When to SPAN vs TAP is a discussion that everyone should have at some point in their career. Early on, I used SPAN (aka port mirroring) quite a bit and still do to this day to varying degrees. For quick one-off situations, SPAN will be the quickest and potentially least disruptive ways of seeing traffic on the network because you dont have to unplug something to connect the TAP into the network. Early on, there was a limit on Cisco switches that I ran into where if you had multiple SPAN sessions configured that you would get an error message that you were already at the limit to what the switch could handle.
Recently I ran into a problem where I didnt think I was seeing all of the traffic. After doing some digging, I confirmed that I wasnt. After doing some extensive research, I found that I wasnt the only one that had run into this situation. I was able to borrow a NetOptics TP-CU3 Tap from my good friend, Laura Chappell (http://www.chappellu.com). This gave me immediate confirmation that I hadnt been seeing all of the traffic.
Initially I had to run each test twice because you have two monitoring ports that each gives you one side of the conversation. My initial response was to either use a second laptop to do a capture on the second port at the same time and then do a “merging” of the two different capture files so see both sides of the conversation at the same time. The challenge becomes here that both laptops have to be in timesync so that the timestamps are as close as possible to the same to give you a realistic picture of what is on the wire.
I discussed this challenge with Laura and she offered up a solution that was right in front of me. Anyone who has heard one of her many presentations over the years knows to keep several hubs around for when you need to “insert” yourself into the network and be able to see all of the traffic on the wire between a workstations or server and where it connects to the network. In this case, Laura suggested to take each of the monitoring ports and plug it into a hub and then plug the laptop running wireshark into the same hub. In that way, I would have both sides of the traffic recombined with far less work.
If you need to go this way, you will need to slow down the network traffic to either 10 or 100 MB since the fast hub I have found maxes out at 100MB. In a testing situation this should be a problem. If you dont have a hub laying around (and I didnt at that time), you can go to this URL (http://wiki.wireshark.org/HubReference) and find a list of hubs that have been known to work as reported by other users. If you want to build an ultra portable network tap solution, I would like to suggest getting one or two of the Netgear DS104 (DS = Dual speed) 10/100 hubs. This particular 4 port is made of metal cabinet that can stand up to quite a bit of use and moving around.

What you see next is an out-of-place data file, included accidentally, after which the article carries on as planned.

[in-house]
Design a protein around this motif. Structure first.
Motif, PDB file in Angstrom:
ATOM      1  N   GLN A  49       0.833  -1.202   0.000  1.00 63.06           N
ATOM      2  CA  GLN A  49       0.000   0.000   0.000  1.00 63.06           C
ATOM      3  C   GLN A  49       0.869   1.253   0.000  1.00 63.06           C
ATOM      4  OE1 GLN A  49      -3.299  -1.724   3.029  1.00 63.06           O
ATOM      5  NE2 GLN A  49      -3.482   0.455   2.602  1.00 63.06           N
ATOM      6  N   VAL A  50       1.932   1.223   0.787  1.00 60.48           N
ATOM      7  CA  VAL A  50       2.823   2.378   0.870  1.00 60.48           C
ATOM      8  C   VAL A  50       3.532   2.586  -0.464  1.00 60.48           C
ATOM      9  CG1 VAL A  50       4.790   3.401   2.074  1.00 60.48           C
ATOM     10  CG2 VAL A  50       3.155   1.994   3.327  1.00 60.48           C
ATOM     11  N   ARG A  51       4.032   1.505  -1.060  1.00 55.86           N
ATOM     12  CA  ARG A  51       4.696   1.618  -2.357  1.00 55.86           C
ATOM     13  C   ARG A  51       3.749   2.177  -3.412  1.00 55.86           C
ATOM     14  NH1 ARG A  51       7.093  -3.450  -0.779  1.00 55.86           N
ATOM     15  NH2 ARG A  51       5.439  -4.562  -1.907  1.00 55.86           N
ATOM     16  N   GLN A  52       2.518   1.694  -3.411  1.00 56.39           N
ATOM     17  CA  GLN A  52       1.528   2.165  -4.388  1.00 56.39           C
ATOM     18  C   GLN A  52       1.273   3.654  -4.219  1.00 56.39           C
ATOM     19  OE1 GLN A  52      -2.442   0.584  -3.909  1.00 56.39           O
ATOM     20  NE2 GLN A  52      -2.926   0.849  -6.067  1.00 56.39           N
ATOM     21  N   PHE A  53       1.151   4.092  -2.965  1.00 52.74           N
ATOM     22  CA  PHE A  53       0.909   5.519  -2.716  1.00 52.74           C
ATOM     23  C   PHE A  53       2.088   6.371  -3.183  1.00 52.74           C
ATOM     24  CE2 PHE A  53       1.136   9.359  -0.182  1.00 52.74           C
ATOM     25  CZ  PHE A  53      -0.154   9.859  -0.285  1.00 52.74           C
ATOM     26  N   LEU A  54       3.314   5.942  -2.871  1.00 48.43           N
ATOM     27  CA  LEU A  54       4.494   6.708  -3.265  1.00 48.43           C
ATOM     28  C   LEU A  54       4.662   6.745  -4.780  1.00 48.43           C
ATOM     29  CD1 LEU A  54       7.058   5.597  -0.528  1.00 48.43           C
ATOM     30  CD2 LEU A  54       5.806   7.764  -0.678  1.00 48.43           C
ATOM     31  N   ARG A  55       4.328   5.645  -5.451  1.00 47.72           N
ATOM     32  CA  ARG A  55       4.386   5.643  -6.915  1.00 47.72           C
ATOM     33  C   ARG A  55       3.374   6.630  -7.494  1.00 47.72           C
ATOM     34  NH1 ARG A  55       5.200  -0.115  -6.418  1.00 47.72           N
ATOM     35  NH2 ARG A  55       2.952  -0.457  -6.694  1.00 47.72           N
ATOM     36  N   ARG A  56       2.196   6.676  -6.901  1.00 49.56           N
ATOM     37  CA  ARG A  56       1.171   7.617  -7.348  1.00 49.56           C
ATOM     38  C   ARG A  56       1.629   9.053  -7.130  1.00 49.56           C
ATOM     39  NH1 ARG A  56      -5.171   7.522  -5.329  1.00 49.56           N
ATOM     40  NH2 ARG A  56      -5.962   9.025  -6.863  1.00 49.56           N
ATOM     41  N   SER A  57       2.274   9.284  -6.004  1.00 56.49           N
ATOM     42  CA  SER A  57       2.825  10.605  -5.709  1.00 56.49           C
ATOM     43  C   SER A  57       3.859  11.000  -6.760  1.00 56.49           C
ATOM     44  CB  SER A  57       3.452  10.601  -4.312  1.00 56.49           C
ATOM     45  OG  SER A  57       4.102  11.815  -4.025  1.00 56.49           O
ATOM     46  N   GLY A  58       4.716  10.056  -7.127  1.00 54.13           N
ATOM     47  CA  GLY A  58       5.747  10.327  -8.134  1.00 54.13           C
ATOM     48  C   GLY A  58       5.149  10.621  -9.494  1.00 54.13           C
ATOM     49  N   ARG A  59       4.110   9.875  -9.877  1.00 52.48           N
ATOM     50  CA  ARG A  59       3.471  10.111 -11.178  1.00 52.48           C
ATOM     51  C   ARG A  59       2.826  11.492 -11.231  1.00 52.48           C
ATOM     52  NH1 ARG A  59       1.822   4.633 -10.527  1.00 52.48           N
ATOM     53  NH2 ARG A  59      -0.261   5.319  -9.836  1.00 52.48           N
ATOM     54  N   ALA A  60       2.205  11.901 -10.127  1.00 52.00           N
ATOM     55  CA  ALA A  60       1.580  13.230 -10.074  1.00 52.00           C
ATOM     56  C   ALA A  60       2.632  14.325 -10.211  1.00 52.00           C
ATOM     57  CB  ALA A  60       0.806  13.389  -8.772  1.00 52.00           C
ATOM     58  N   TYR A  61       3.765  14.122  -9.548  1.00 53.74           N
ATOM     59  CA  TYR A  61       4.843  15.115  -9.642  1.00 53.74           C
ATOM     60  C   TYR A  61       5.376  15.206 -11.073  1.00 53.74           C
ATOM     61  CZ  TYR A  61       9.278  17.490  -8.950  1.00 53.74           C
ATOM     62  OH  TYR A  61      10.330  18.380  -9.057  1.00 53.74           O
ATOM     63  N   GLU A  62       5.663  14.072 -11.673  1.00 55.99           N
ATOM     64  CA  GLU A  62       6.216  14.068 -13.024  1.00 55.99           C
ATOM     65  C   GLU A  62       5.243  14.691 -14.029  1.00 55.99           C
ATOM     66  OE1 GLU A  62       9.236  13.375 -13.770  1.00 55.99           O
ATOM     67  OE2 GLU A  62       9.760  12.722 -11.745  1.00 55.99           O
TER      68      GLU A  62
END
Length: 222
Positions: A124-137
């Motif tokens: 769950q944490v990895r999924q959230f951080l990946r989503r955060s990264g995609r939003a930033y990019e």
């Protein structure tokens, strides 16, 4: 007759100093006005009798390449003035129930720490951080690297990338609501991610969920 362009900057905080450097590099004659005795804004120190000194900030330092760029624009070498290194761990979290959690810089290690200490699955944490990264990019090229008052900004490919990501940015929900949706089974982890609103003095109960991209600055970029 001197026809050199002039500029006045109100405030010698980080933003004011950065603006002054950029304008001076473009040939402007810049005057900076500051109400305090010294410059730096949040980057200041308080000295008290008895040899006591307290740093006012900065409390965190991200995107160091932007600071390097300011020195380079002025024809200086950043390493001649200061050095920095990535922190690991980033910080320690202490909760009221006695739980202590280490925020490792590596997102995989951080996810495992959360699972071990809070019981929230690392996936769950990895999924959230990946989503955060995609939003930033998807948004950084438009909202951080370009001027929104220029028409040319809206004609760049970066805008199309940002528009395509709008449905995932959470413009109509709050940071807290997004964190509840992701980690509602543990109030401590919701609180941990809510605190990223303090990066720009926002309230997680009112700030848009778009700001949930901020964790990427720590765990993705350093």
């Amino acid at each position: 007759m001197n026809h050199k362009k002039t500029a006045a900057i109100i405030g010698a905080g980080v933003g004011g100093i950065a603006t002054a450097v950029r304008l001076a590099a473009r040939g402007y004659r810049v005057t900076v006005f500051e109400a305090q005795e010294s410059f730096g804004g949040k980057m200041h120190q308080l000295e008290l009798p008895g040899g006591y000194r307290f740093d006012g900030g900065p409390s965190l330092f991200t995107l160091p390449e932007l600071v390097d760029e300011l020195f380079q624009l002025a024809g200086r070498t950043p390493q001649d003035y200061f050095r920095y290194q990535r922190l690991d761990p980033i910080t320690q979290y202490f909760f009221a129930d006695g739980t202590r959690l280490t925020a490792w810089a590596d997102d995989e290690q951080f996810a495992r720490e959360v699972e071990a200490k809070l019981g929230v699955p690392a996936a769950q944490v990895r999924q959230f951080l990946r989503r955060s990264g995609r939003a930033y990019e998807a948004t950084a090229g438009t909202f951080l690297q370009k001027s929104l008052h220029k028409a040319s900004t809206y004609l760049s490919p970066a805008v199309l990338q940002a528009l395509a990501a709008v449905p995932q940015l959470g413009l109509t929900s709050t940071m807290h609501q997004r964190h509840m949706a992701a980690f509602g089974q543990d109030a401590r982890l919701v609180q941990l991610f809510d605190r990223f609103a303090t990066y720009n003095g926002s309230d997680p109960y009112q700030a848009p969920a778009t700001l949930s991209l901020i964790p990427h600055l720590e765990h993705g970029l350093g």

If you have the money, you can look at getting what is called an Aggregation Tap that automatically combines both sides of the network traffic. The Aggregator version of the tap that I mentioned above is a TPA-CU3. This will cost a bit more but if you do a lot of this, there wont be a better way you can spend the money. You will save the hassle of extra wiring and a hub with the bonus being that you can capture at near 1 GB line speed if the application is running in that range (I usually find that the effective line speed runs between 300 to 450 MB with the captures I have done).
You will find plans on different websites showing you how you can build your own tap. I have done this in the past for more of a learning exercise than for actual production use. I wouldnt have a problem using something like this on a 10 MB connection and if there were no other choice, I would consider using it on a 100 MB connection. I would not use it on a Gigabit connection because you would have to be more careful with how you ran the wiring to keep electrical / magnetic interference from damaging or corrupting the packet capture you are doing. In either case, I would be very concerned about putting a DIY type of tap on a long cable run because there is nothing to reamplify the signal level to make sure that the traffic makes it all the way to the end of the wire.
As you will see by doing a bit of research, there are several companies out there. Buying a TAP isnt something that you should do without doing some research to make sure that you are getting the best one for your needs. You may find out that one TAP may not be enough